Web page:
Holocaust

Likegyldighet  av Martin Niemöller

Underernærte fanger i konsentrasjonsleiren Auschwitz januar

Først tok de kommunistene
men jeg brydde meg ikke
for jeg var ikke kommunist.

Deretter tok de fagforeningsfolkene
men jeg brydde meg ikke
for jeg var ikke fagforeningsmann.

Så tok de jødene
men jeg brydde meg ikke
for jeg var ikke jøde.

Til slutt tok de meg.
Men da var det ingen igjen til å bry seg.

Niemöller satt i konsentrasjonsleirene Sachsenhausen og Dachau fra 1937 til 1945.

Den endelige løsning

Auschwitz – Arbeit macht frei-illusjonen

 

Treblinka – drapsmaskinen

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When I arrived at the camp, three gas chambers were already in operation; another ten were added while I was there. A gas chamber measured 5 x 5 meters and was about 1.90 meters high. The outlet on the roof had a hermetic cap. The chamber was equipped with a gas pipe inlet and a baked tile floor slanting towards the platform. The brick building which housed the gas chambers was separated from Camp No. 1 by a wooden wall. This wooden wall and the brick wall of the building together formed a corridor which was 80 centimeters taller than the building. The chambers were connected with the corridor by a hermetically fitted iron door leading into each of the chambers. On the side of Camp No. 2 the chambers were connected by a platform four meters wide, which- ran alongside all three chambers. The platform was about 80 centimeters above ground level. There was also a hermetically fitted wooden door on this side.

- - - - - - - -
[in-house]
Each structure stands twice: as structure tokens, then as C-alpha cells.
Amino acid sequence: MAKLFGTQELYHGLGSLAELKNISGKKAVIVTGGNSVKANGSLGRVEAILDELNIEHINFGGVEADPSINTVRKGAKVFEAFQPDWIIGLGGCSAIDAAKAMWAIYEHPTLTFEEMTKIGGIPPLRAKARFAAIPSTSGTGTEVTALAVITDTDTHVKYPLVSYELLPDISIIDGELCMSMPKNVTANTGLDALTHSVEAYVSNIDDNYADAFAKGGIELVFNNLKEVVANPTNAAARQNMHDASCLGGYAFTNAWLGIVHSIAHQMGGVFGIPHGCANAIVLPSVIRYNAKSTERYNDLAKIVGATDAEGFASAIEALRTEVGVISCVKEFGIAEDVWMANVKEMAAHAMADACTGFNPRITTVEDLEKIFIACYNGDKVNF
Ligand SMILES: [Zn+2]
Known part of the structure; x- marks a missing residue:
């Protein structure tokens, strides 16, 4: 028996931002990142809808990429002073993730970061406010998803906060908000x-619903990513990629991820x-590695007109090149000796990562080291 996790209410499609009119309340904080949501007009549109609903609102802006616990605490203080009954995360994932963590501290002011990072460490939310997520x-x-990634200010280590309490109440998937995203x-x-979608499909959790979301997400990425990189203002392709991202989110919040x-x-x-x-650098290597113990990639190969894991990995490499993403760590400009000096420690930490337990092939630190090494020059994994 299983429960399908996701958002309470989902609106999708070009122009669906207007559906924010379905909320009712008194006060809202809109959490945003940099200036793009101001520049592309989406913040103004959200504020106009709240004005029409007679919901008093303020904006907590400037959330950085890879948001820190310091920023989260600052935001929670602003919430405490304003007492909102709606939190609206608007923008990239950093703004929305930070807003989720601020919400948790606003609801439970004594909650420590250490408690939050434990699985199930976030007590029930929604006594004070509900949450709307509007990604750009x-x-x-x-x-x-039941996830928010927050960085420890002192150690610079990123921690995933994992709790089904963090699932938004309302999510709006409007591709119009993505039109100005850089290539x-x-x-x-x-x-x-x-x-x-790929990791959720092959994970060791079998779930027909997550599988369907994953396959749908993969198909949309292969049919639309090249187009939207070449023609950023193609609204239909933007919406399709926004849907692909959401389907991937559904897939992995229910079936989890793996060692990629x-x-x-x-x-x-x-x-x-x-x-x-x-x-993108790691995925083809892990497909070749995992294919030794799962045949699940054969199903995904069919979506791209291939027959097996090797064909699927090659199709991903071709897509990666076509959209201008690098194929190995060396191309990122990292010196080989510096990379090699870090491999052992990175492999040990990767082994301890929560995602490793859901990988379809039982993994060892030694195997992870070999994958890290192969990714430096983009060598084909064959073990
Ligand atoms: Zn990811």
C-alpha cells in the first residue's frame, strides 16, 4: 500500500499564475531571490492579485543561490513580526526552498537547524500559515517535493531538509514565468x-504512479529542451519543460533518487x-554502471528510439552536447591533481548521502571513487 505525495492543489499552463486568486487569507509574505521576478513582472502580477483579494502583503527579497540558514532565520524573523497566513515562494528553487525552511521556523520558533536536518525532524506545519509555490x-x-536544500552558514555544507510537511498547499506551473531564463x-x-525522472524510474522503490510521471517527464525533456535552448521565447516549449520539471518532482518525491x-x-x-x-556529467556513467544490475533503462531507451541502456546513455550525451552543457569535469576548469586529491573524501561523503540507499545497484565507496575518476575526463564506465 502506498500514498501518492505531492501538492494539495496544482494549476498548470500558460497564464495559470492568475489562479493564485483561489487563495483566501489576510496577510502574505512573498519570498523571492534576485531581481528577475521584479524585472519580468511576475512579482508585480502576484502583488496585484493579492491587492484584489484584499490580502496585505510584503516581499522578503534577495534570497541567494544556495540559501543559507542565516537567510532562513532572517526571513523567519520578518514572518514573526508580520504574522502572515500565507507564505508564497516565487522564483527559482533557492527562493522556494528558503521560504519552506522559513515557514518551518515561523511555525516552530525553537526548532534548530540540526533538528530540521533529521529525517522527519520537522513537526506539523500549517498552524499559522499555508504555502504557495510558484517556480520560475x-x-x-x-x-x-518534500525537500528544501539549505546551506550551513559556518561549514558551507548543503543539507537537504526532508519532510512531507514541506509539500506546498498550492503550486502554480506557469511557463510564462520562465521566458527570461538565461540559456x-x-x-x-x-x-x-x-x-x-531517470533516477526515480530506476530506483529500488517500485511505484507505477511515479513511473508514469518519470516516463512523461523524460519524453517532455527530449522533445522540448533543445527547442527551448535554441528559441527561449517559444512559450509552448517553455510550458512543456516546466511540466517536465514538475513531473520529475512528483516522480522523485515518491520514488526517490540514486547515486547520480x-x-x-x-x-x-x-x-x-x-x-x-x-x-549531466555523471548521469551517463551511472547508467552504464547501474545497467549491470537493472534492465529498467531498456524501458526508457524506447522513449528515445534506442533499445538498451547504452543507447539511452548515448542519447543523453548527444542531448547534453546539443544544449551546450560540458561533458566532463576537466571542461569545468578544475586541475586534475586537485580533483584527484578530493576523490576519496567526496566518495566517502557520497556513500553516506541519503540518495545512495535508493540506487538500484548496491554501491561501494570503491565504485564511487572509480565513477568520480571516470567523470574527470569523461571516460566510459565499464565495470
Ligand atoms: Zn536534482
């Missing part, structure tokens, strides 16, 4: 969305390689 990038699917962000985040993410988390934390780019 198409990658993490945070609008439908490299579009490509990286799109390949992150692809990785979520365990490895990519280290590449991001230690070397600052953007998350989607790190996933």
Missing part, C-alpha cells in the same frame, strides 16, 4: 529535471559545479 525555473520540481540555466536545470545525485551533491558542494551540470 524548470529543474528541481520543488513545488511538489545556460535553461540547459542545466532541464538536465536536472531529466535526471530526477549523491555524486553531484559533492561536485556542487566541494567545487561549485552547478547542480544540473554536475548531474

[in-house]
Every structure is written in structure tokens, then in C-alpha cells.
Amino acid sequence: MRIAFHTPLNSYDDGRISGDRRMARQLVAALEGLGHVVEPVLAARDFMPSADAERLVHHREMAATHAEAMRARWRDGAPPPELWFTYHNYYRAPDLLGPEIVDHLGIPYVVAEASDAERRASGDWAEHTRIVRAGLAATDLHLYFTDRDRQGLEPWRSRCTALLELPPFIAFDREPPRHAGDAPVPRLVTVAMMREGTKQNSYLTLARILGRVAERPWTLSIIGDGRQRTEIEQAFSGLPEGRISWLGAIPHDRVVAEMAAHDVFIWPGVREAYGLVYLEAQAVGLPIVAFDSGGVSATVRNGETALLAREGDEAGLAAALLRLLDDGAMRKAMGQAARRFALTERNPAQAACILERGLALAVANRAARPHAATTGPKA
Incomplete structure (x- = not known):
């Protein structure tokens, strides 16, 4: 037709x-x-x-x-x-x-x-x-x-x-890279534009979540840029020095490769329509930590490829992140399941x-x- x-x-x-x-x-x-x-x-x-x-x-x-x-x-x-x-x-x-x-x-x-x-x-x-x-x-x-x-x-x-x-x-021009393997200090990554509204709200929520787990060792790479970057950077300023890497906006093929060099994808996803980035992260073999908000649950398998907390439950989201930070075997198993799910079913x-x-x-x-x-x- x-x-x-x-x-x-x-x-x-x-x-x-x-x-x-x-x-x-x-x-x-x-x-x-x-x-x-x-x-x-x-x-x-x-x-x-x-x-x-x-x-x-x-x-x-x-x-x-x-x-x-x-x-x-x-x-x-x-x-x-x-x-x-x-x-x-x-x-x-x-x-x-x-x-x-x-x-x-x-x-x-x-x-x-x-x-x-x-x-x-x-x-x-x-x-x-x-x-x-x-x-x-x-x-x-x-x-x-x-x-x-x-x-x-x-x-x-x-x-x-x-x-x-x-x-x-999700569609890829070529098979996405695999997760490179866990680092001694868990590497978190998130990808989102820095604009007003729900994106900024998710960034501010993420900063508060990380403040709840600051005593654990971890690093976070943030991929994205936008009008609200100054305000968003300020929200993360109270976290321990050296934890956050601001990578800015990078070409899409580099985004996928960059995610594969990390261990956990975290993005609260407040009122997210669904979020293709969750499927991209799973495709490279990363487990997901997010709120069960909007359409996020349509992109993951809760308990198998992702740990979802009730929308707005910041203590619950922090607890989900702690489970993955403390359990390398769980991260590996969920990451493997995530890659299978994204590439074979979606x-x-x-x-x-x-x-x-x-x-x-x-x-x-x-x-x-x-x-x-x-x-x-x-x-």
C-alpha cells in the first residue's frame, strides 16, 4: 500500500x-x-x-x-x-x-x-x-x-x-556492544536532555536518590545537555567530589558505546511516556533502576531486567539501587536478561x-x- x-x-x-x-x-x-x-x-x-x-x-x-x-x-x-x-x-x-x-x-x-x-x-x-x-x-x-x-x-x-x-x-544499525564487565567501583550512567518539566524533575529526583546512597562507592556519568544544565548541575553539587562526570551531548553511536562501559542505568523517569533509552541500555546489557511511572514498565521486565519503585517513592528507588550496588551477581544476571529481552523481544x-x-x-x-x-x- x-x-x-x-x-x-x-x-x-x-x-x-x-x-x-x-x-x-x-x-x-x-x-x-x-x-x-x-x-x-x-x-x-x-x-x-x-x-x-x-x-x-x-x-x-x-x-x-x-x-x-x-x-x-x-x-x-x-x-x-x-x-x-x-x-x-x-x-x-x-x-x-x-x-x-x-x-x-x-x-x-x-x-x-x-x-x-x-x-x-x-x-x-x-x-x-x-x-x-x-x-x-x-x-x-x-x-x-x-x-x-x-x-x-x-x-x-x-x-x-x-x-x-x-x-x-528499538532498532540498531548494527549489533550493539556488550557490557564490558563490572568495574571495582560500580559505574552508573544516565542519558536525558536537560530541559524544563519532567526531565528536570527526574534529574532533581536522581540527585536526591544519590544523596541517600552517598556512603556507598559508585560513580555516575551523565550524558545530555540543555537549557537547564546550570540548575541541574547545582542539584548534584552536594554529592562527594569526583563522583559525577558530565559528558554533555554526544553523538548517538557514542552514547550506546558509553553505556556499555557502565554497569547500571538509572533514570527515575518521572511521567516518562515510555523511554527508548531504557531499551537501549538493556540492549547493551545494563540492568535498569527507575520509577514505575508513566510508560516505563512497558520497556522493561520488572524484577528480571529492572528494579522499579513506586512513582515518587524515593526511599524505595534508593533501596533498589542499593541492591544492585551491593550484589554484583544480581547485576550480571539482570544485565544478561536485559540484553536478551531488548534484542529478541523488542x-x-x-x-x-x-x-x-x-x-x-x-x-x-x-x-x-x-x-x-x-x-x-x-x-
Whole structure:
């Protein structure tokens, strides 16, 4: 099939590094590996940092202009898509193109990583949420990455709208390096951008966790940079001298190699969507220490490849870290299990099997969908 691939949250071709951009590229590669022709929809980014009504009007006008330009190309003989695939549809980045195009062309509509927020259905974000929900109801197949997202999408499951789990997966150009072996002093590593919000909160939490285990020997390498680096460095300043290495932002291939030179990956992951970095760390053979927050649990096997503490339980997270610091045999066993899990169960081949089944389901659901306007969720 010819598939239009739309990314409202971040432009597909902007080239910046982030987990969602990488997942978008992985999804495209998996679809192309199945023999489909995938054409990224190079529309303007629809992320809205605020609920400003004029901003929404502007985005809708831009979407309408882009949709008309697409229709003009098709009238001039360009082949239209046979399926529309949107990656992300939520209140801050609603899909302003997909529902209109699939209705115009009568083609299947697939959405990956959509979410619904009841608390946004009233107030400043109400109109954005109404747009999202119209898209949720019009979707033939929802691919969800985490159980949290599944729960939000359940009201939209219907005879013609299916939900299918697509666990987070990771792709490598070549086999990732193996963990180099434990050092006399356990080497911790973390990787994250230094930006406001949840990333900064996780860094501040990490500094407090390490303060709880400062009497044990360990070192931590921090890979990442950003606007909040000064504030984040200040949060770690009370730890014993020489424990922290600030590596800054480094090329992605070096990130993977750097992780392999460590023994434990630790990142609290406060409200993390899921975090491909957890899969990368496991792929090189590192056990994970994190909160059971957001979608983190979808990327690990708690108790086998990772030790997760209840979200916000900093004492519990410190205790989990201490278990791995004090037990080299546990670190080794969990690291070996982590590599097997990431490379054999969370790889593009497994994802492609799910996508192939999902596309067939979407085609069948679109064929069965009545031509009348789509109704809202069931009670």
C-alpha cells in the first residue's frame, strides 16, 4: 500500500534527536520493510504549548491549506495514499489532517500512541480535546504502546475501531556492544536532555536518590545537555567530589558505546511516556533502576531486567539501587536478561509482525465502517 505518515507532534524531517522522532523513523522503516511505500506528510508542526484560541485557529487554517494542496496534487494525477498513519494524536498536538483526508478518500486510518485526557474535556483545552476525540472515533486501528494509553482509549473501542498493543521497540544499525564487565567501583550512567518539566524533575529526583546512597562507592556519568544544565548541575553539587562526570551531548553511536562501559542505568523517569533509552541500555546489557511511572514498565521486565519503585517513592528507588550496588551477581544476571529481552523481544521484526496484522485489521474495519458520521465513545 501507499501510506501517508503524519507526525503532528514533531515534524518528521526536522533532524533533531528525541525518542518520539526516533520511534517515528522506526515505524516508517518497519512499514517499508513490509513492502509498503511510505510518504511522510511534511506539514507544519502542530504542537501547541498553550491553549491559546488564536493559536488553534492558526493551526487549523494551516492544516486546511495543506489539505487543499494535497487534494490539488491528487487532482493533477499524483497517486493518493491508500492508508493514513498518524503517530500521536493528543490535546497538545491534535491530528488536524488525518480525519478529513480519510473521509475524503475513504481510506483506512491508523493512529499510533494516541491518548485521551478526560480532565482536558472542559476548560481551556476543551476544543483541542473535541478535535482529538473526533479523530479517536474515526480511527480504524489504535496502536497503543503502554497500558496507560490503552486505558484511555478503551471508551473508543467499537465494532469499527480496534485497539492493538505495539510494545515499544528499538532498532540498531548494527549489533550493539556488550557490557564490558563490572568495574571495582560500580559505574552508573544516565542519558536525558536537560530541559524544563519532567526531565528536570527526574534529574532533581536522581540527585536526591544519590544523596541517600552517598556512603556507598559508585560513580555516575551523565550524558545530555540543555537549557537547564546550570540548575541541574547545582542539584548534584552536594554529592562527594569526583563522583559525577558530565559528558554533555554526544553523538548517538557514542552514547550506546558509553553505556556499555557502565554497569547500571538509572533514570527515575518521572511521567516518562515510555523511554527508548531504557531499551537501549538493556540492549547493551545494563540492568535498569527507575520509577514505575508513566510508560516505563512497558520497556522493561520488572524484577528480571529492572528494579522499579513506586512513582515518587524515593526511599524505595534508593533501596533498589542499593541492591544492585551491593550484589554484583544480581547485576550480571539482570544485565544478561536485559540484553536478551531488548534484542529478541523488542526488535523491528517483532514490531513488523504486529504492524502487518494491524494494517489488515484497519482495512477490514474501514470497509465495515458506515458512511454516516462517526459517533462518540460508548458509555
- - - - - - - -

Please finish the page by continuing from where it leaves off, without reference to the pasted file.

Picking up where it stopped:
Each chamber had a door facing Camp No. 2 (1.80 by 2.50 meters), which could be opened only from the outside by lifting it with iron supports and was closed by iron hooks set into the sash frames, and by wooden bolts. The victims were led into the chambers through the doors leading from the corridor, while the remains of the gassed victims were dragged out through the doors facing Camp No. 2. The power plant operated alongside these chambers, supplying Camps 1 and 2 with electric current. A motor taken from a dismantled Soviet tank stood in the power plant. This motor was used to pump the gas, which was let into the chambers by connecting the motor with the inflow pipes. The speed with which death overcame the helpless victims depended on the quantity of combustion gas admitted into the chamber at one time.

The machinery of the gas chambers was operated by two Ukrainians. One of them, Ivan, was tall, and though his eyes seemed kind and gentle, he was a sadist. He enjoyed torturing his victims. He would often pounce upon us while we were working; he would nail our ears to the walls or make us lie down on the floor and whip us brutally. While he did this, his face showed sadistic satisfaction and he laughed and joked. He finished off the victims according to his mood at the moment. The other Ukrainian was called Nicholas. He had a pale face and the same mentality as Ivan.